More hyperactive boys than girls

30/05/2006 14:00

One in twenty Dutch children aged 2 to 12 years showed signs of hyperactivity in the period In 2003-2005. Hyperactive behaviour was more common among boys than among girls, and in low income groups than in high income groups.

Boys nearly twice as likely to be hyperactive

In 2003-2005, 6.6 percent of boys aged 2 to 12 years suffered from a hyperactivity disorder. These boys cannot sit still, are constantly fidgeting or twisting and can only concentrate on an activity for a short time. Fewer girls suffered from these disorders: only 3.6 percent of girls aged 2 to 12.

More hyperactivity in low income groups

There is a strong correlation between the prevalence of hyperactivity in children and income of the parent(s). The lower the disposable household income, the larger the percentage of children with a hyperactivity disorder. In the lowest income group, 5.9 percent of children suffered from a hyperactivity disorder. In the highest income group this was only 2.7 percent.

Hyperactivity by income and family composition, 2002–2004

Hyperactivity by income and family composition,2002–2004

More hyperactive children in one-parent families

Children who live in a one-parent family were slightly more likely to suffer from a hyperactive disorder than children living with two parents. However, one-parent families are also more likely to have a lower income on average than two-parent families. If this is corrected for, the difference in the prevalence of hyperactive children between one and two-parent families is eliminated.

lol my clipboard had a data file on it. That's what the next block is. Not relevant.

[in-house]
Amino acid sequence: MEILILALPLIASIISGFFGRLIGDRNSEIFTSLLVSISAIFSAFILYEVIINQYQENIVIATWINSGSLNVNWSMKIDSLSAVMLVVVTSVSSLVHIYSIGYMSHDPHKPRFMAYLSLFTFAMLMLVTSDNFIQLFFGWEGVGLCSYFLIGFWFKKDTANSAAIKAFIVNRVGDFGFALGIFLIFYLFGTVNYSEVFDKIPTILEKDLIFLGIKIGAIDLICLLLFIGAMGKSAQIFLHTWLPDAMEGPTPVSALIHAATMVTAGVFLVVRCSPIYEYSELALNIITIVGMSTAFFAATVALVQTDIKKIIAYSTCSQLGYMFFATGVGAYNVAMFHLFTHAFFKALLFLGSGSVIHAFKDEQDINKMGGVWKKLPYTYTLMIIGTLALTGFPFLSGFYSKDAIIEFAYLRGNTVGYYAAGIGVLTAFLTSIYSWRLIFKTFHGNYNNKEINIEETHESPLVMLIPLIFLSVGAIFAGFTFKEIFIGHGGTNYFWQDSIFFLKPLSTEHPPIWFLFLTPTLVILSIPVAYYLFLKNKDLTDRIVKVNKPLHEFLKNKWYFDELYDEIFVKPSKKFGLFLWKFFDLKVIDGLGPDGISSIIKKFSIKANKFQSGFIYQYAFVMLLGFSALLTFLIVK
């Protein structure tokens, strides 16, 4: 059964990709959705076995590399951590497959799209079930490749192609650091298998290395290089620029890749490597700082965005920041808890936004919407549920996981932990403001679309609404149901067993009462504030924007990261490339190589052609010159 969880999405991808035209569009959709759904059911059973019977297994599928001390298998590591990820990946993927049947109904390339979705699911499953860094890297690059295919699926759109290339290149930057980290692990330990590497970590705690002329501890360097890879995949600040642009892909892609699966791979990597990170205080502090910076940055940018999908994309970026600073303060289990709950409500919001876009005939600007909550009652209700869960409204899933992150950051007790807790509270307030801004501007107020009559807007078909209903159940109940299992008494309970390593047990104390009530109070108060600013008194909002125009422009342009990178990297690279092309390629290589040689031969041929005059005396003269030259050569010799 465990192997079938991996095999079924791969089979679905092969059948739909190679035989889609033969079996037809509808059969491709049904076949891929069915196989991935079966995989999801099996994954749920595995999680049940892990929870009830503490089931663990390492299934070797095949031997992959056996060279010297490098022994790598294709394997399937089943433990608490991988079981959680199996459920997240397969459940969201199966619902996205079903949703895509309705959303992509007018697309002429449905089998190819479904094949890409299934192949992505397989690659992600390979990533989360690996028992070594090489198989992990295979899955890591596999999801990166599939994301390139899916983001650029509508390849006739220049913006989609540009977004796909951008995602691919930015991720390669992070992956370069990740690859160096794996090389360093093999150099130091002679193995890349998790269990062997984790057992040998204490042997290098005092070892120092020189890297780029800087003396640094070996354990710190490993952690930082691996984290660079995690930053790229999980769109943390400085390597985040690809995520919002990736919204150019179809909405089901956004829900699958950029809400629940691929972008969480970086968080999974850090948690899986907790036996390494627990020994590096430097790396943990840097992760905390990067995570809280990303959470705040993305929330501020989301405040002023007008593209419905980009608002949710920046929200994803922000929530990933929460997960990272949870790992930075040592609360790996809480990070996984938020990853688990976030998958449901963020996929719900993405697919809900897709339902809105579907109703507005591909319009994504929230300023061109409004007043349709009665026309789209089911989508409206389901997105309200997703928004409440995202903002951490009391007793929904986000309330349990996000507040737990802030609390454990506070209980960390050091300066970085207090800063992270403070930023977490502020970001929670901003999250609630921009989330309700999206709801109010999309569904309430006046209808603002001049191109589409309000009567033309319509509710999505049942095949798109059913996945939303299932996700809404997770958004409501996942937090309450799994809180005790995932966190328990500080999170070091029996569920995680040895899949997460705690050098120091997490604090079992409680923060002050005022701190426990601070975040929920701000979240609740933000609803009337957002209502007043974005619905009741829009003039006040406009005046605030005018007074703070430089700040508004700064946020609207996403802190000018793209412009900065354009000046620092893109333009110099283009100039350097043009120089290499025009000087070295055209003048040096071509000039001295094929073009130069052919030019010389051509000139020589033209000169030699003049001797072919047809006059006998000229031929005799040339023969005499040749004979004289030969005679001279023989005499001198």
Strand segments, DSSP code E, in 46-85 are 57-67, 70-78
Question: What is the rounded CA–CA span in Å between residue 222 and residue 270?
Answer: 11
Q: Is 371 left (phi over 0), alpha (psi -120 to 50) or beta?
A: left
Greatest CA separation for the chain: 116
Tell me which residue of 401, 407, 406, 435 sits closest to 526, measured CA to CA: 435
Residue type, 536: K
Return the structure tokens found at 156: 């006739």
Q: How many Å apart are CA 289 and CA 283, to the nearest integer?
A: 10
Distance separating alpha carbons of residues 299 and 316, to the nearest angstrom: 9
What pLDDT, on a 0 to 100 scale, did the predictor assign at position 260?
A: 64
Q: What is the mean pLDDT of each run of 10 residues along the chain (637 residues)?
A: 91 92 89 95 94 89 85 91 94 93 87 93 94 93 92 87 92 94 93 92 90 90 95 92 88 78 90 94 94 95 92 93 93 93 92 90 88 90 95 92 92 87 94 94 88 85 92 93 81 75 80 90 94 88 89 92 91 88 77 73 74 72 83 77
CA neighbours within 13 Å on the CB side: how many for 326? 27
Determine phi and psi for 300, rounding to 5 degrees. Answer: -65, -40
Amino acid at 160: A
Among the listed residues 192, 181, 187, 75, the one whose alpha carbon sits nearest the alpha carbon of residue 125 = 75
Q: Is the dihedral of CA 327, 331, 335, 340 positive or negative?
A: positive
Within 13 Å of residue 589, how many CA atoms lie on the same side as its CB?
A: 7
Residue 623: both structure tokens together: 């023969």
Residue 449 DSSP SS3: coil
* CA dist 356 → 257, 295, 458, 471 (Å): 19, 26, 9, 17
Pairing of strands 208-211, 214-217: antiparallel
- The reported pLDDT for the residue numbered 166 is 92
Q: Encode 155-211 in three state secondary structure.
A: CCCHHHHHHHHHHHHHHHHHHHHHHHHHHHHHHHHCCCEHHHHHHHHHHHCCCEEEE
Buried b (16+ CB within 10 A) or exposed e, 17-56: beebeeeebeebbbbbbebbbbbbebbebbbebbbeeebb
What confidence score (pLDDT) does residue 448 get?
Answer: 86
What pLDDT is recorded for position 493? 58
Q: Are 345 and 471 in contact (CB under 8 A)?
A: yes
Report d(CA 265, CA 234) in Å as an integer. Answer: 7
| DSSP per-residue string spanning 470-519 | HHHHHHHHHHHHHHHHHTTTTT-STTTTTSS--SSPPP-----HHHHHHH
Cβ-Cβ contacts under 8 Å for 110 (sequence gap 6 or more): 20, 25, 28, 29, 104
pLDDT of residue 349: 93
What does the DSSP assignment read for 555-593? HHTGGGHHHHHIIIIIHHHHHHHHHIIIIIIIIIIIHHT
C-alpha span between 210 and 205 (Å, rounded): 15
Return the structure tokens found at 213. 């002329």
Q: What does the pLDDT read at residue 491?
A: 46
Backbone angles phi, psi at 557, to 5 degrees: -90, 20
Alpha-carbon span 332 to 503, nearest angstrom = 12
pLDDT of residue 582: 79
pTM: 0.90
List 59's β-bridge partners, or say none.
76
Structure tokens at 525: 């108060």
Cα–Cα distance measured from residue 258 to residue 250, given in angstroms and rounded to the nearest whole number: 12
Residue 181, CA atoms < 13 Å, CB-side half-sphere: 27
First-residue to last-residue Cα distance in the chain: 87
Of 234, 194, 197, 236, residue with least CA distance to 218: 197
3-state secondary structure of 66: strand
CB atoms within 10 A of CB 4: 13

Pressure on the family

A child with a hyperactive disorder places a heavy burden on its parents and family. One quarter of parents of a hyperactive child report, for example, that they had been (very) worried about the emotional well-being of their child in the preceding four weeks. For parents with no hyperactive children this is five times lower. Just over one in five parents with hyperactive children also report that ordinary family activities like mealtimes and watching TV  are often or very often disrupted by the child’s behaviour. These disruptions, too, are five times less likely to occur in families with no hyperactive children.

Pressure on family and parent(s), 2002–2004

Pressure on family and parent(s), 2002–2004

Ferdy Otten